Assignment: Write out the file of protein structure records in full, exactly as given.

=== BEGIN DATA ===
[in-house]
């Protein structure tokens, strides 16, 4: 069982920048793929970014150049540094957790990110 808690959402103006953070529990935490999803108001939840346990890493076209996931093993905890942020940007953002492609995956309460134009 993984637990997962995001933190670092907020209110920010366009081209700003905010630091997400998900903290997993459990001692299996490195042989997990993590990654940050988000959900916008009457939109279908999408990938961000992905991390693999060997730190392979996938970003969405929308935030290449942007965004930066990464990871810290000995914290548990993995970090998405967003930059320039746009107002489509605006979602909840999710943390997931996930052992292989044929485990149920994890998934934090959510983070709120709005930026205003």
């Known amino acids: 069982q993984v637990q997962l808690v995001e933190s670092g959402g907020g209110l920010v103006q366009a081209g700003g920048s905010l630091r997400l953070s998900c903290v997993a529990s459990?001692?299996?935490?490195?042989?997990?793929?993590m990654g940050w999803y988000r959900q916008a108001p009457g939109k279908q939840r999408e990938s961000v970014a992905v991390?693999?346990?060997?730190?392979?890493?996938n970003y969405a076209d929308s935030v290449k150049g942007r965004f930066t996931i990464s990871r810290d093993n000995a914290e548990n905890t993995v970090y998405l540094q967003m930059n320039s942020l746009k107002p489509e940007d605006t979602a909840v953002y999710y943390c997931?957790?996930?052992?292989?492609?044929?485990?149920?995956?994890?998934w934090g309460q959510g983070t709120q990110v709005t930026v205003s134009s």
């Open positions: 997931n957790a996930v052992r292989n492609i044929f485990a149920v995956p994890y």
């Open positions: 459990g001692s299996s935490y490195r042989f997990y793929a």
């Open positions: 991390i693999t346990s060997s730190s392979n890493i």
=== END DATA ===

[in-house]
């Protein structure tokens, strides 16, 4: 069982920048793929970014150049540094957790990110 808690959402103006953070529990935490999803108001939840346990890493076209996931093993905890942020940007953002492609995956309460134009 993984637990997962995001933190670092907020209110920010366009081209700003905010630091997400998900903290997993459990001692299996490195042989997990993590990654940050988000959900916008009457939109279908999408990938961000992905991390693999060997730190392979996938970003969405929308935030290449942007965004930066990464990871810290000995914290548990993995970090998405967003930059320039746009107002489509605006979602909840999710943390997931996930052992292989044929485990149920994890998934934090959510983070709120709005930026205003």
């Known amino acids: 069982q993984v637990q997962l808690v995001e933190s670092g959402g907020g209110l920010v103006q366009a081209g700003g920048s905010l630091r997400l953070s998900c903290v997993a529990s459990?001692?299996?935490?490195?042989?997990?793929?993590m990654g940050w999803y988000r959900q916008a108001p009457g939109k279908q939840r999408e990938s961000v970014a992905v991390?693999?346990?060997?730190?392979?890493?996938n970003y969405a076209d929308s935030v290449k150049g942007r965004f930066t996931i990464s990871r810290d093993n000995a914290e548990n905890t993995v970090y998405l540094q967003m930059n320039s942020l746009k107002p489509e940007d605006t979602a909840v953002y999710y943390c997931?957790?996930?052992?292989?492609?044929?485990?149920?995956?994890?998934w934090g309460q959510g983070t709120q990110v709005t930026v205003s134009s």
């Open positions: 997931n957790a996930v052992r292989n492609i044929f485990a149920v995956p994890y």
């Open positions: 459990g001692s299996s935490y490195r042989f997990y793929a």
């Open positions: 991390i693999t346990s060997s730190s392979n890493i």